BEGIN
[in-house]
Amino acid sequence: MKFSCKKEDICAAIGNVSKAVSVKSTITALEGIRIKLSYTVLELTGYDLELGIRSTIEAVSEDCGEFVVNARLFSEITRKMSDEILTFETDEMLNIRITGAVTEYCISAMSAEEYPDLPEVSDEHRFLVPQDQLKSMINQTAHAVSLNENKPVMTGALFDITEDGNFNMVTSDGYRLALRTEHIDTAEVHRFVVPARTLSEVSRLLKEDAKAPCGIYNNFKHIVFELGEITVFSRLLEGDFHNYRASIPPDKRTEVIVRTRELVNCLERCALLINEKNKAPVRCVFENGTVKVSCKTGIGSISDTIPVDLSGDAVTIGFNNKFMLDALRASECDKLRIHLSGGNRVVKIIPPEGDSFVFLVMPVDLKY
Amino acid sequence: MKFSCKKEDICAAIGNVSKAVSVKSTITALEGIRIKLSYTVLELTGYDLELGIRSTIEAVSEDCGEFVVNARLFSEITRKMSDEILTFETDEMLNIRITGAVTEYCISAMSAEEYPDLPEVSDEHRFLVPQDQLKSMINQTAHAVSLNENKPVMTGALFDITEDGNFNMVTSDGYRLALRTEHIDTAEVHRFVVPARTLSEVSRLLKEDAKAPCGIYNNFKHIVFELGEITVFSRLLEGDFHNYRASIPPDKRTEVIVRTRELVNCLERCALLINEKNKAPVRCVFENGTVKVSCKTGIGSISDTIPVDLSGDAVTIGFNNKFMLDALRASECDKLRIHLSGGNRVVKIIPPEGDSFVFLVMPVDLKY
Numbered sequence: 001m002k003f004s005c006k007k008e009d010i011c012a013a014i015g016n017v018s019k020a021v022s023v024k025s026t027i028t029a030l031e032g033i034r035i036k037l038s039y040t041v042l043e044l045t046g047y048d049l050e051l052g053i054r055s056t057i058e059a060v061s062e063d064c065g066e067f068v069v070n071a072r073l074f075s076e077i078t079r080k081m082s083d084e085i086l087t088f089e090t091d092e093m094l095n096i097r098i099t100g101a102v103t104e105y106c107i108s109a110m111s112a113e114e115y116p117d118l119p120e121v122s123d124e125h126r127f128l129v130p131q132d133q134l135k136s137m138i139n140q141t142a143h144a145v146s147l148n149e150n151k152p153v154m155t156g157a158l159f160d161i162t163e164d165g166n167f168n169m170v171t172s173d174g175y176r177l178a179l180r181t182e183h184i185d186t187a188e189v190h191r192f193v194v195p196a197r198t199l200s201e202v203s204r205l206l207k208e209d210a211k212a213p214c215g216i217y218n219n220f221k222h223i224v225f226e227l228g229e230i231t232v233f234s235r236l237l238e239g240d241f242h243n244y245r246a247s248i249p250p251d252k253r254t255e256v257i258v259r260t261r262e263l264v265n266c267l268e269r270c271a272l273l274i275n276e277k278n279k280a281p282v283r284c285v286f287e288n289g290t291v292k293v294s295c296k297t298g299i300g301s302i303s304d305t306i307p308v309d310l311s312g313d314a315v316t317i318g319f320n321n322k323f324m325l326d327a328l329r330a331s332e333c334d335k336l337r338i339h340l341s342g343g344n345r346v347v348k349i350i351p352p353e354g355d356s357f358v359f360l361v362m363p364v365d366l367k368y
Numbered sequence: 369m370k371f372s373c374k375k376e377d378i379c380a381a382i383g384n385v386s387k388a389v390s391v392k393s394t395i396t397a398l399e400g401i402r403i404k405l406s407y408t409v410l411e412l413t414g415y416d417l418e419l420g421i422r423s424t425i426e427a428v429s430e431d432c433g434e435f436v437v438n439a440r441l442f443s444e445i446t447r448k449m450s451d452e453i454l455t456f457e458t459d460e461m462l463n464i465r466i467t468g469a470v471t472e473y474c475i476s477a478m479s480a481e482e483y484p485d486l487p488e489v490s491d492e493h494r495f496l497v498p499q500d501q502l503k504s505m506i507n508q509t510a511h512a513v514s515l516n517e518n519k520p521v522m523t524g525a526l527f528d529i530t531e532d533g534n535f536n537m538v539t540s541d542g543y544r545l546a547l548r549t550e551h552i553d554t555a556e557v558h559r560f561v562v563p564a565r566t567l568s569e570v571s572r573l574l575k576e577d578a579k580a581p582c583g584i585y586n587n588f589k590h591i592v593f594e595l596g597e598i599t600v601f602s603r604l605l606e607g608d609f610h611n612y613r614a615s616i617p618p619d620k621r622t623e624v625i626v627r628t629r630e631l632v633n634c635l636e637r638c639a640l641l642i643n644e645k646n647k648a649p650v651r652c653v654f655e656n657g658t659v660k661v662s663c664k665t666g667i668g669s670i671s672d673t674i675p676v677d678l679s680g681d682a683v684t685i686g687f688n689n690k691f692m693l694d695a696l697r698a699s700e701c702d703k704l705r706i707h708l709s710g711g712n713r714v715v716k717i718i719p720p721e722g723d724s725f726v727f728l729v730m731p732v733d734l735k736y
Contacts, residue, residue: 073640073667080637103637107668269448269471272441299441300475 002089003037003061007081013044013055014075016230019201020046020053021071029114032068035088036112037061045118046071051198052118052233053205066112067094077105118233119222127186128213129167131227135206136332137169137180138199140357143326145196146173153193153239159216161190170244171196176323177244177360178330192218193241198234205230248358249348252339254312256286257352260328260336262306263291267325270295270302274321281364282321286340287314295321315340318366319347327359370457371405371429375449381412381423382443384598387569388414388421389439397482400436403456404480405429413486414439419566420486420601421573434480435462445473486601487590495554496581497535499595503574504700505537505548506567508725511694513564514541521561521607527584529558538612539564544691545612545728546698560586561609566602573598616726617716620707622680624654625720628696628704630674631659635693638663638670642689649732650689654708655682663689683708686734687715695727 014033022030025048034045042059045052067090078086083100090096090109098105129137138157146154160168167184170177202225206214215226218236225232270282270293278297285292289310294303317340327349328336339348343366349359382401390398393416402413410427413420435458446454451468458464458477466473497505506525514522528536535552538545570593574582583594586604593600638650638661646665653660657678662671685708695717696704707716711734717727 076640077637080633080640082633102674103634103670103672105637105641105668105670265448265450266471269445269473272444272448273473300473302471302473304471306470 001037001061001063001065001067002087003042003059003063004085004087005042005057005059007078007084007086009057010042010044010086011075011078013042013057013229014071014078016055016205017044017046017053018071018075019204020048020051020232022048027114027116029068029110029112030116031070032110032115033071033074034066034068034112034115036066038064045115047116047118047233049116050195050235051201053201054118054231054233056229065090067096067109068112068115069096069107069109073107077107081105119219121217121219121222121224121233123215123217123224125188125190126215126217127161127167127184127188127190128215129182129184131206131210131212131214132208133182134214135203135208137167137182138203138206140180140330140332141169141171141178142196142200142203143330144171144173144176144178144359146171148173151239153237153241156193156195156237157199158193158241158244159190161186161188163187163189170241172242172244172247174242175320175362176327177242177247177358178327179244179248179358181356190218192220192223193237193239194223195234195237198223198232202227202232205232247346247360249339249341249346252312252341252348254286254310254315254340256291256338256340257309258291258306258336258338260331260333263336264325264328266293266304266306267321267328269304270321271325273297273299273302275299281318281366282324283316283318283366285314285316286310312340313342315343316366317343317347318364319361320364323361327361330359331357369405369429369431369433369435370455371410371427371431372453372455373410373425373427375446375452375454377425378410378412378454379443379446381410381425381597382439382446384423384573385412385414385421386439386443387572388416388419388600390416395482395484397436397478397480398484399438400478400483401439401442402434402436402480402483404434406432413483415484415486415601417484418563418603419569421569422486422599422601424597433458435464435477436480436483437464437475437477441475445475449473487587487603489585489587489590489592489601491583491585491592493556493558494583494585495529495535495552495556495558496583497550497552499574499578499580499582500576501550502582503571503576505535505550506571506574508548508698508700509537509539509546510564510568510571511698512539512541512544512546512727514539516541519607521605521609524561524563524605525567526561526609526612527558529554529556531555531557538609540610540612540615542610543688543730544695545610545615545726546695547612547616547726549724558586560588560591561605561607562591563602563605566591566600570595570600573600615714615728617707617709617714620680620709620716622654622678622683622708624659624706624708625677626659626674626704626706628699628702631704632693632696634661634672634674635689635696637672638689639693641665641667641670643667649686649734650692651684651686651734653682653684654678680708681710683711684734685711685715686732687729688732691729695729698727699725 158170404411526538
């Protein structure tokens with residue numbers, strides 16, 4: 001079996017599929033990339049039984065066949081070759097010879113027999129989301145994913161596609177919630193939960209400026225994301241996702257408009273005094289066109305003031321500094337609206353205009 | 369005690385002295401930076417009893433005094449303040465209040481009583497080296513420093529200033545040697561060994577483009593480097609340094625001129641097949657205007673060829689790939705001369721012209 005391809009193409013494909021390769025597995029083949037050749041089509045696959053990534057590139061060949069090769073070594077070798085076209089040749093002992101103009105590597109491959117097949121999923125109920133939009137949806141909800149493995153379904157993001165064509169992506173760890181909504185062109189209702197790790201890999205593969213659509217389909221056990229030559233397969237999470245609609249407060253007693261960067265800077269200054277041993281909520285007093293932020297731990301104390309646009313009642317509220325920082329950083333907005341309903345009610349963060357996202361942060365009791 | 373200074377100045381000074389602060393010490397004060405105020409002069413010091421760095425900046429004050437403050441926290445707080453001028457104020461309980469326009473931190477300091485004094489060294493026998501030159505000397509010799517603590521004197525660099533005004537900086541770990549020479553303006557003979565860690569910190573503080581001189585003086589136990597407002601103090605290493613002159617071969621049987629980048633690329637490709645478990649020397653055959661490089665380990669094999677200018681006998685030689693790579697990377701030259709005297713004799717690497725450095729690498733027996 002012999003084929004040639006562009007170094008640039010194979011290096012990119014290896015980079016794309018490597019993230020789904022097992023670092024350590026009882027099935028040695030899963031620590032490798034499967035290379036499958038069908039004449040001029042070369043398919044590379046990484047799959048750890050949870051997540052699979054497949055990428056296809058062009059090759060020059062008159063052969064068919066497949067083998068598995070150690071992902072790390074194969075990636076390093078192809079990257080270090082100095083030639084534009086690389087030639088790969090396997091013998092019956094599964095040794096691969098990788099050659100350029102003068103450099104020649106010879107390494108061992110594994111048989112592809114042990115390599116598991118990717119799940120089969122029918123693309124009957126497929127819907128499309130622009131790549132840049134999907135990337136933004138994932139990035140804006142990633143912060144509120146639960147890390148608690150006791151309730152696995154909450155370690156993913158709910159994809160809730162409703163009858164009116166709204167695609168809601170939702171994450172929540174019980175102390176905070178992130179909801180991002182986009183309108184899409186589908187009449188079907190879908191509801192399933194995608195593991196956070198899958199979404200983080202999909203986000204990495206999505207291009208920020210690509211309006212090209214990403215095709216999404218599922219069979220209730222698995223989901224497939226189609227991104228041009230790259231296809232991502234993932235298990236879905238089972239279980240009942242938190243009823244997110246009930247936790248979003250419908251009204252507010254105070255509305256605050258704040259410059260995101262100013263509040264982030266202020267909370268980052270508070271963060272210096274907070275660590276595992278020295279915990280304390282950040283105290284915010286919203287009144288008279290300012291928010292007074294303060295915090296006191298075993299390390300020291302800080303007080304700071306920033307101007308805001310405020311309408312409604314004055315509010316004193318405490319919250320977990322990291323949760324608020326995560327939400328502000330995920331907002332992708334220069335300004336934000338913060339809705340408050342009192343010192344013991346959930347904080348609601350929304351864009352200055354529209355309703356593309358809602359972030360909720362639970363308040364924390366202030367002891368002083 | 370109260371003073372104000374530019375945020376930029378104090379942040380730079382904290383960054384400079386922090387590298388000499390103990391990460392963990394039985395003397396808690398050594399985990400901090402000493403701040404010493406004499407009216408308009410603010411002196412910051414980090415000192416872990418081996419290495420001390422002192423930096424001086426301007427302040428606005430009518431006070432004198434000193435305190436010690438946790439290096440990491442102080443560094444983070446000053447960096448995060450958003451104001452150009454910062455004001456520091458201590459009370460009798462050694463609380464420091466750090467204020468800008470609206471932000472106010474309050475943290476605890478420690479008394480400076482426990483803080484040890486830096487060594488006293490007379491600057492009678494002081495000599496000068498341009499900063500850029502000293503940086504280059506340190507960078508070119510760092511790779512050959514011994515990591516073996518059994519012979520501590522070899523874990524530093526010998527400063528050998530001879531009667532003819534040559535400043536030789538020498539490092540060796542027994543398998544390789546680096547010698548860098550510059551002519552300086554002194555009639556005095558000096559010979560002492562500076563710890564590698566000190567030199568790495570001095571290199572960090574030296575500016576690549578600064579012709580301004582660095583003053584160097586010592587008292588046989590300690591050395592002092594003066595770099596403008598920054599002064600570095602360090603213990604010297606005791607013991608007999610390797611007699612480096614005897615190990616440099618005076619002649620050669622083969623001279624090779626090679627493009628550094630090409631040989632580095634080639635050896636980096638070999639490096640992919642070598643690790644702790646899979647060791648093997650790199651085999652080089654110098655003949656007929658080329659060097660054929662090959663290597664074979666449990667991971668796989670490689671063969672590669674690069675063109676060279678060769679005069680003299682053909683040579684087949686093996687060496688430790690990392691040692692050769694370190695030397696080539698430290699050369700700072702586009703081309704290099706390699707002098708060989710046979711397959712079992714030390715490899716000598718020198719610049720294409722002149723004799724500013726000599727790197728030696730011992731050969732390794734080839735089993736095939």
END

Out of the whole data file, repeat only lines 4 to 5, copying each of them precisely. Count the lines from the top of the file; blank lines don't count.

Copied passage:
Numbered sequence: 001m002k003f004s005c006k007k008e009d010i011c012a013a014i015g016n017v018s019k020a021v022s023v024k025s026t027i028t029a030l031e032g033i034r035i036k037l038s039y040t041v042l043e044l045t046g047y048d049l050e051l052g053i054r055s056t057i058e059a060v061s062e063d064c065g066e067f068v069v070n071a072r073l074f075s076e077i078t079r080k081m082s083d084e085i086l087t088f089e090t091d092e093m094l095n096i097r098i099t100g101a102v103t104e105y106c107i108s109a110m111s112a113e114e115y116p117d118l119p120e121v122s123d124e125h126r127f128l129v130p131q132d133q134l135k136s137m138i139n140q141t142a143h144a145v146s147l148n149e150n151k152p153v154m155t156g157a158l159f160d161i162t163e164d165g166n167f168n169m170v171t172s173d174g175y176r177l178a179l180r181t182e183h184i185d186t187a188e189v190h191r192f193v194v195p196a197r198t199l200s201e202v203s204r205l206l207k208e209d210a211k212a213p214c215g216i217y218n219n220f221k222h223i224v225f226e227l228g229e230i231t232v233f234s235r236l237l238e239g240d241f242h243n244y245r246a247s248i249p250p251d252k253r254t255e256v257i258v259r260t261r262e263l264v265n266c267l268e269r270c271a272l273l274i275n276e277k278n279k280a281p282v283r284c285v286f287e288n289g290t291v292k293v294s295c296k297t298g299i300g301s302i303s304d305t306i307p308v309d310l311s312g313d314a315v316t317i318g319f320n321n322k323f324m325l326d327a328l329r330a331s332e333c334d335k336l337r338i339h340l341s342g343g344n345r346v347v348k349i350i351p352p353e354g355d356s357f358v359f360l361v362m363p364v365d366l367k368y
Numbered sequence: 369m370k371f372s373c374k375k376e377d378i379c380a381a382i383g384n385v386s387k388a389v390s391v392k393s394t395i396t397a398l399e400g401i402r403i404k405l406s407y408t409v410l411e412l413t414g415y416d417l418e419l420g421i422r423s424t425i426e427a428v429s430e431d432c433g434e435f436v437v438n439a440r441l442f443s444e445i446t447r448k449m450s451d452e453i454l455t456f457e458t459d460e461m462l463n464i465r466i467t468g469a470v471t472e473y474c475i476s477a478m479s480a481e482e483y484p485d486l487p488e489v490s491d492e493h494r495f496l497v498p499q500d501q502l503k504s505m506i507n508q509t510a511h512a513v514s515l516n517e518n519k520p521v522m523t524g525a526l527f528d529i530t531e532d533g534n535f536n537m538v539t540s541d542g543y544r545l546a547l548r549t550e551h552i553d554t555a556e557v558h559r560f561v562v563p564a565r566t567l568s569e570v571s572r573l574l575k576e577d578a579k580a581p582c583g584i585y586n587n588f589k590h591i592v593f594e595l596g597e598i599t600v601f602s603r604l605l606e607g608d609f610h611n612y613r614a615s616i617p618p619d620k621r622t623e624v625i626v627r628t629r630e631l632v633n634c635l636e637r638c639a640l641l642i643n644e645k646n647k648a649p650v651r652c653v654f655e656n657g658t659v660k661v662s663c664k665t666g667i668g669s670i671s672d673t674i675p676v677d678l679s680g681d682a683v684t685i686g687f688n689n690k691f692m693l694d695a696l697r698a699s700e701c702d703k704l705r706i707h708l709s710g711g712n713r714v715v716k717i718i719p720p721e722g723d724s725f726v727f728l729v730m731p732v733d734l735k736y